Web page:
upon whose faith he would stake the breath of his life? Was his own
reason failing him?

Worn out, he reached the house in the middle of the afternoon, and went
to his own sitting-room. Presently a servant came and asked whether he
would take luncheon. He declined. Lying on the sofa, he still tormented
himself with doubt whether he might speak with Mrs. Baxendale. That lady
put an end to his hesitation by herself coming to his room. He sprang
up.

'Don't move, don't move!' she exclaimed in her cheery way. 'I have only
come to ask why you resolve to starve yourself. You can't have had lunch
anywhere?'

'No; I am not hungry.'

'A headache?' she asked, looking at him with kind shrewdness.

'A little, perhaps.'

'Then at all events you will have tea. May I ask them to bring it here?'

She went away, and, a few minutes after her return, tea was brought.

'You found Emily looking sadly, I'm afraid?' she said, with one of the
provincialisms which occasionally marked her language.

'Yes,' Wilfrid replied; 'she looked far too ill to be up.'

He had seated himself on the sofa. His hands would not hold the tea-cup
steadily; he put it down by his side.

'I fear there is small chance of her getting much better in that house
of illness,' said Mrs. Baxendale, observing his agitation. 'Can't we
persuade her to go somewhere? Her mother is in excellent hands.'

'I wish we could,' Wilfrid replied, clearly without much attention to
his words.

'You didn't propose anything of the kind?'

He made no answer. A short silence intervened, and he felt there was no
choice but to declare the truth.

'The meeting was a very painful one,' he began. 'It is difficult to
speak to you about it. Do you think that she has perfectly
recovered?--that her mind is wholly--'

He hesitated; it was dreadful to be speaking in this way of Emily. The
sound of his voice reproached him; what words would not appear brutal in
such a case?

'You fear--?'

Wilfrid rose and walked across the room. It seemed impossible to speak,
yet equally so to keep his misery to himself.

'Mrs. Baxendale,' he said at length, 'I am perhaps doing a very wrong
thing in telling you what passed between us, but I feel quite unable to
decide upon any course without the aid of your judgment. I am in a
terrible position. Either I must believe Emily to speak without
responsibility, or something inexplicable, incredible, has come to pass.
She has asked me to release her. She says that something has happened
which makes it impossible for her ever to fulfil her promise, something
which must always remain her secret, which I may not hope to understand.
And with such dreadful appearance of sincerity--such a face of awful
suffering--'

His voice failed. The grave concern on Mrs. Baxendale's visage was not
encouraging.

'Something happened?' the latter repeated, in low-toned astonishment.
'Does she offer no kind of explanation?'

'None--none,' he added, 'that I can bring myself to believe.'

Mrs. Baxendale could only look at him questioningly.

'She said,' Wilfrid continued, pale with the effort it cost him to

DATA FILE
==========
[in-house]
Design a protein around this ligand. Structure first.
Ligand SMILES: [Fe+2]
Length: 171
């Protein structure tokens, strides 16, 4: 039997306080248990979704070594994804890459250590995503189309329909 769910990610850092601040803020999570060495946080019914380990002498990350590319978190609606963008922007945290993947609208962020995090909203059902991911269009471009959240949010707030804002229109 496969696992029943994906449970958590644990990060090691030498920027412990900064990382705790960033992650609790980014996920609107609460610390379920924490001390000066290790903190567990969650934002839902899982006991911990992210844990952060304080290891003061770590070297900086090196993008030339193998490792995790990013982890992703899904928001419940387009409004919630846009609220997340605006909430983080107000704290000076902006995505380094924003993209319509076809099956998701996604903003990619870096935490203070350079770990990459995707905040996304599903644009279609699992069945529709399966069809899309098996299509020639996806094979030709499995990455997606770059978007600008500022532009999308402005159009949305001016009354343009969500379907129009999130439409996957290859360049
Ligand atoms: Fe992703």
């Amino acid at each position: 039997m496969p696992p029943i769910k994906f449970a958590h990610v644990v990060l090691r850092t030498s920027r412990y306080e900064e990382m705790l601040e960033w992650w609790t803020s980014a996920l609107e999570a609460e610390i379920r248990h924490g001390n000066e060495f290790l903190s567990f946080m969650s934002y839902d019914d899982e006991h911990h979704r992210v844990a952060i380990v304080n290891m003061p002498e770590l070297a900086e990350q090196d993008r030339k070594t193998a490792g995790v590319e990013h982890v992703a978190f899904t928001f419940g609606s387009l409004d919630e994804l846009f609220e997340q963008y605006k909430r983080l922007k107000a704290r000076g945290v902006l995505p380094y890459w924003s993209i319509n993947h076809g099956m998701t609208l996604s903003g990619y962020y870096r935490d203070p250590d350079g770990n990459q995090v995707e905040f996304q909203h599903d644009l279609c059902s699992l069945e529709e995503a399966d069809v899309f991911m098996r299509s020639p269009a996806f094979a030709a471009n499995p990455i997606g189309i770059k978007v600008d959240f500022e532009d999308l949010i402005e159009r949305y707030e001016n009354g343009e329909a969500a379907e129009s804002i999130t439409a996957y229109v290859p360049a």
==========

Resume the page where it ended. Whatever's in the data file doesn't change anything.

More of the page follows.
speak, 'that she has no longer any affection for me.'

There was another silence, of longer endurance than the last. Wilfrid
was the first to break it.

'My reason for refusing to believe it is, that she said it when she had
done her utmost to convince me of her earnestness in other ways, and
said it in a way--How is it possible for me to believe it? It is only
two months since I saw her on the Castle Hill.'

'I thought you had never been here before?'

'I have never spoken to you of that. I came and left on the same day, It
was to see her before I went to Switzerland.'

'I am at a loss,' said Mrs. Baxendale. 'I can only suggest that she has
had a terrible shock, and that her recovery, or seeming recovery, has
been too rapid. Yet there is no trace of wandering in her talk with me.'

'Nor was there to-day. She was perfectly rational. Think of one's being
driven to hope that she only _seemed_ so!'

'Did you speak of correspondence?'

'No. I said that I could not agree to what she asked of me until she had
repeated it after a time. I left her scarcely knowing what I spoke. What
shall I do? How can I remain in doubt such as this? I said I wished for
your help, yet how can you--how can anyone--help me? Have I
unconsciously been the cause of this?'

'Or has anyone else consciously been so?' asked the lady, with meaning.

'What? You think--? Is it possible?'

'You only hinted that your relatives were not altogether pleased.'

Wilfrid, a light of anger flashing from his eyes, walked rapidly the
length of the room.

'She admitted to me,' he said, in a suppressed voice, 'that her illness
began before her father's death. It was not that that caused it. You
think that someone may have interfered? My father? Impossible! He is a
man of honour; he has written of her in the kindest way.'

But there was someone else. His father was honourable; could the same be
said of Mrs. Rossall? He remembered his conversation with her on the
lake of Thun; it had left an unpleasant impression on his mind--under
the circumstances, explicable enough. Was his aunt capable of dastardly
behaviour? The word could scarcely be applied to a woman's conduct, and
the fact that it could not made disagreeably evident the latitude
conceded to women in consideration of their being compelled to carry on
warfare in underhand ways. Suppose an anonymous letter. Would not Mrs.
Rossall regard that as a perfectly legitimate stratagem, if she had set
her mind on resisting this marriage? Easy, infinitely easy was it to